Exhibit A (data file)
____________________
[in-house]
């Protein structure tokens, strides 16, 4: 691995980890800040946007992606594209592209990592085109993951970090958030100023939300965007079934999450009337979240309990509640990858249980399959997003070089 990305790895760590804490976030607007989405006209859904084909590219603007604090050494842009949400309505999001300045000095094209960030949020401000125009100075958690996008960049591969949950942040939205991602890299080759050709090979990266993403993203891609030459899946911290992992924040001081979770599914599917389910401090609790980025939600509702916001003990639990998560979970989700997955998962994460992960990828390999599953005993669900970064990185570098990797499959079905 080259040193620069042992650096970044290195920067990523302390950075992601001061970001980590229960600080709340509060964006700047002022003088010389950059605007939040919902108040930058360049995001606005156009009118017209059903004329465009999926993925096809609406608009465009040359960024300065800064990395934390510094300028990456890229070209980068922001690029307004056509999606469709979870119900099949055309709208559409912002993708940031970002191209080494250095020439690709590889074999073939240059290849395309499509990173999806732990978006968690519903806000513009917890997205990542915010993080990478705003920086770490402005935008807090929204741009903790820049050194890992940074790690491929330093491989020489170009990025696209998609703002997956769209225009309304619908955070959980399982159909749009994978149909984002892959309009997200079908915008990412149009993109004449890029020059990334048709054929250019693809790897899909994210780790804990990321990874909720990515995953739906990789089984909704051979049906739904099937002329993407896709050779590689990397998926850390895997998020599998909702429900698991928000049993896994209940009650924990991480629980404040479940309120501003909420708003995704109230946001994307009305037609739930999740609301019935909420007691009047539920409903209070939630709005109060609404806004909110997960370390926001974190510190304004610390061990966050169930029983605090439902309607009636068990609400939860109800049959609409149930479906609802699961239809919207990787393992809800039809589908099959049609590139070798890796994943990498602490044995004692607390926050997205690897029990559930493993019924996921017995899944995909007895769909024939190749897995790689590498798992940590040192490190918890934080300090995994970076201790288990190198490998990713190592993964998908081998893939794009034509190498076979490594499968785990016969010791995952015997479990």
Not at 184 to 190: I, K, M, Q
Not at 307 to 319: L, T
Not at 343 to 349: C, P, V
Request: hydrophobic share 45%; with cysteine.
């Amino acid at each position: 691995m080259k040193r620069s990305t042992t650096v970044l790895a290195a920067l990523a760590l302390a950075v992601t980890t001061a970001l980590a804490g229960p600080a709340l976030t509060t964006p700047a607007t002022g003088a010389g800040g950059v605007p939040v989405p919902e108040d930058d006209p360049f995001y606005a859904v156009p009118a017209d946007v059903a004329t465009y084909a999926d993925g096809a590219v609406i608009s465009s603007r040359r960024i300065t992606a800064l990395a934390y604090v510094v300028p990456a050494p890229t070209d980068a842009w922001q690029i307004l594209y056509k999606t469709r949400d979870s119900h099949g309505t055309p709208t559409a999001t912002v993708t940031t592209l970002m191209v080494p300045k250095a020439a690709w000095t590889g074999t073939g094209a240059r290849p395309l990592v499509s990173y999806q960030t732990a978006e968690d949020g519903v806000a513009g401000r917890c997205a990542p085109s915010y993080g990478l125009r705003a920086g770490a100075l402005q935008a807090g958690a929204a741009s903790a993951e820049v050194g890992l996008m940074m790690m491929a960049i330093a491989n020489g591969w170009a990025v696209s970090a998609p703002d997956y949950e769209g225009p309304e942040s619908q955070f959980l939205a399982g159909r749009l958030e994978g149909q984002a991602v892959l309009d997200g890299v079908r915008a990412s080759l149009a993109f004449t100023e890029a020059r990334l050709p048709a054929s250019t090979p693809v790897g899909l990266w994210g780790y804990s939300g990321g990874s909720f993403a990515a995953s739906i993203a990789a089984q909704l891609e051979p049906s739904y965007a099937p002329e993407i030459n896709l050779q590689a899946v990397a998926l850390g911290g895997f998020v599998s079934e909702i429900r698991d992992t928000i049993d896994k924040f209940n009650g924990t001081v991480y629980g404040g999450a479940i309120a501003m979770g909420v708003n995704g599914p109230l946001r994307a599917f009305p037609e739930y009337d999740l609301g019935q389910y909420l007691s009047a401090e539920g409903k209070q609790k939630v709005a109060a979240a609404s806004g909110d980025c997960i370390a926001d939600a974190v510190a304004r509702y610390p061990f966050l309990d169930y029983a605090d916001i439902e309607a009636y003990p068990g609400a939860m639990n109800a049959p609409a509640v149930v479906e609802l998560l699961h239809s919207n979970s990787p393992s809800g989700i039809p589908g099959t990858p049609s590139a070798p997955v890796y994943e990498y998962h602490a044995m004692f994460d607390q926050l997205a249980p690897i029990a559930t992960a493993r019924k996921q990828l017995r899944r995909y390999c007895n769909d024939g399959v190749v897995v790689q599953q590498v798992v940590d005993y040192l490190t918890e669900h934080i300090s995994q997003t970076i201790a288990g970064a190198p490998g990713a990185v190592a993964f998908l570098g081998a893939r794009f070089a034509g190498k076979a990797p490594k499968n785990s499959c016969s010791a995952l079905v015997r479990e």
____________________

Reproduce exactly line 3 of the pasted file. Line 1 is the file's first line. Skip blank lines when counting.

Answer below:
Not at 184 to 190: I, K, M, Q